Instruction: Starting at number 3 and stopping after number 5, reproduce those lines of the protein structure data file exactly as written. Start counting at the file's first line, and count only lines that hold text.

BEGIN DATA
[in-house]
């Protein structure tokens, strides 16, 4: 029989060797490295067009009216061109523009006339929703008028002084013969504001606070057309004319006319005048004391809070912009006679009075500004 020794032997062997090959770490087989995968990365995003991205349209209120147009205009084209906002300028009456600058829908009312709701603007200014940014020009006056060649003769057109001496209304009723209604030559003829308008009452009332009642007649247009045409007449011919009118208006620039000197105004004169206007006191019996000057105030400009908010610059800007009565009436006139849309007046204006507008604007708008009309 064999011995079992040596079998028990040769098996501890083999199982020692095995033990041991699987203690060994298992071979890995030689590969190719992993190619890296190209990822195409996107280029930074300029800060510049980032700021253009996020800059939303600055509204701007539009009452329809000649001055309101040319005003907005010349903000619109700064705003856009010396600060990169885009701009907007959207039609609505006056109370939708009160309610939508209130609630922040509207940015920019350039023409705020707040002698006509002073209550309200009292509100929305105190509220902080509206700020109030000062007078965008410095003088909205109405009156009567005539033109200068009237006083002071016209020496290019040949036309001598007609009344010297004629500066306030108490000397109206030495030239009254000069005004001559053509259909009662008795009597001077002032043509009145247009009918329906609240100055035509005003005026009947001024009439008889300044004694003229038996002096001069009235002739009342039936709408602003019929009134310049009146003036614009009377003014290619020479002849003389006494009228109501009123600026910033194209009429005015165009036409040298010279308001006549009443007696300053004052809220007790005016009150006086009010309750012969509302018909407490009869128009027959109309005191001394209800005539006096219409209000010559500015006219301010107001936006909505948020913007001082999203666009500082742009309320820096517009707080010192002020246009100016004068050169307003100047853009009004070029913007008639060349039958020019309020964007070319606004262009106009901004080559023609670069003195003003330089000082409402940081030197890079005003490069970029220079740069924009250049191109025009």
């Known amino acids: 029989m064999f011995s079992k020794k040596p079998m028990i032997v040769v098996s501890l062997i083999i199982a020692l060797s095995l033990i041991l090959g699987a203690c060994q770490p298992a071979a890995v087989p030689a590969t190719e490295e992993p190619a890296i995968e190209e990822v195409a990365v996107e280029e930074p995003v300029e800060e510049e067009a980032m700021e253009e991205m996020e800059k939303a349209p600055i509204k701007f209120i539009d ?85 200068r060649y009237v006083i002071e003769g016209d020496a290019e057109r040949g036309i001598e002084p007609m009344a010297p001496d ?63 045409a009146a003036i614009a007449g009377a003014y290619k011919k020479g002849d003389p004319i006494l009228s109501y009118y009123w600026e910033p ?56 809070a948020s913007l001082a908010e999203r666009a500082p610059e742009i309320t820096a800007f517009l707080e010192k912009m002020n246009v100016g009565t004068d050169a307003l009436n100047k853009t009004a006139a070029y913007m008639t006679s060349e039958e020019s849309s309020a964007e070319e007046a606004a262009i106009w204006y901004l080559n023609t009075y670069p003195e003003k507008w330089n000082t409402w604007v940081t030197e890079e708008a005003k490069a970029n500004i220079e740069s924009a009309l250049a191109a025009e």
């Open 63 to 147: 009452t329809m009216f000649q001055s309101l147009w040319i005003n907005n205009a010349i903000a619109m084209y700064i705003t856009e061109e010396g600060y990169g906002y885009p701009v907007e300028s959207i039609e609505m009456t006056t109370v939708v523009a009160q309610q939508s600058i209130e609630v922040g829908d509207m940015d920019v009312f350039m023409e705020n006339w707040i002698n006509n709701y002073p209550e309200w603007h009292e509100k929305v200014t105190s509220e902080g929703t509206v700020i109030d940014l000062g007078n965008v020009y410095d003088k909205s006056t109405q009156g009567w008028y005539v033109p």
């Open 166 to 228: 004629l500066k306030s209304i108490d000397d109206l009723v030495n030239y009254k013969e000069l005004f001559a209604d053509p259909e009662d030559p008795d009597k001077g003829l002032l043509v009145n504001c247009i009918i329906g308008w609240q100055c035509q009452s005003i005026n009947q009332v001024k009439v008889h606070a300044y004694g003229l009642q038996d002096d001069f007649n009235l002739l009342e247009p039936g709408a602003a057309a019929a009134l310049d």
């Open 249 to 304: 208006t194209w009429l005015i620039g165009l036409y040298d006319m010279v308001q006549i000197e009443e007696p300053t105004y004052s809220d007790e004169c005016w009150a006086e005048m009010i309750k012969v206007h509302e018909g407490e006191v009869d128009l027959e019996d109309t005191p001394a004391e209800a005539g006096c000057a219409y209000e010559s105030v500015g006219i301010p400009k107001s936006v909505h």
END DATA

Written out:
């Known amino acids: 029989m064999f011995s079992k020794k040596p079998m028990i032997v040769v098996s501890l062997i083999i199982a020692l060797s095995l033990i041991l090959g699987a203690c060994q770490p298992a071979a890995v087989p030689a590969t190719e490295e992993p190619a890296i995968e190209e990822v195409a990365v996107e280029e930074p995003v300029e800060e510049e067009a980032m700021e253009e991205m996020e800059k939303a349209p600055i509204k701007f209120i539009d ?85 200068r060649y009237v006083i002071e003769g016209d020496a290019e057109r040949g036309i001598e002084p007609m009344a010297p001496d ?63 045409a009146a003036i614009a007449g009377a003014y290619k011919k020479g002849d003389p004319i006494l009228s109501y009118y009123w600026e910033p ?56 809070a948020s913007l001082a908010e999203r666009a500082p610059e742009i309320t820096a800007f517009l707080e010192k912009m002020n246009v100016g009565t004068d050169a307003l009436n100047k853009t009004a006139a070029y913007m008639t006679s060349e039958e020019s849309s309020a964007e070319e007046a606004a262009i106009w204006y901004l080559n023609t009075y670069p003195e003003k507008w330089n000082t409402w604007v940081t030197e890079e708008a005003k490069a970029n500004i220079e740069s924009a009309l250049a191109a025009e």
């Open 63 to 147: 009452t329809m009216f000649q001055s309101l147009w040319i005003n907005n205009a010349i903000a619109m084209y700064i705003t856009e061109e010396g600060y990169g906002y885009p701009v907007e300028s959207i039609e609505m009456t006056t109370v939708v523009a009160q309610q939508s600058i209130e609630v922040g829908d509207m940015d920019v009312f350039m023409e705020n006339w707040i002698n006509n709701y002073p209550e309200w603007h009292e509100k929305v200014t105190s509220e902080g929703t509206v700020i109030d940014l000062g007078n965008v020009y410095d003088k909205s006056t109405q009156g009567w008028y005539v033109p």
């Open 166 to 228: 004629l500066k306030s209304i108490d000397d109206l009723v030495n030239y009254k013969e000069l005004f001559a209604d053509p259909e009662d030559p008795d009597k001077g003829l002032l043509v009145n504001c247009i009918i329906g308008w609240q100055c035509q009452s005003i005026n009947q009332v001024k009439v008889h606070a300044y004694g003229l009642q038996d002096d001069f007649n009235l002739l009342e247009p039936g709408a602003a057309a019929a009134l310049d």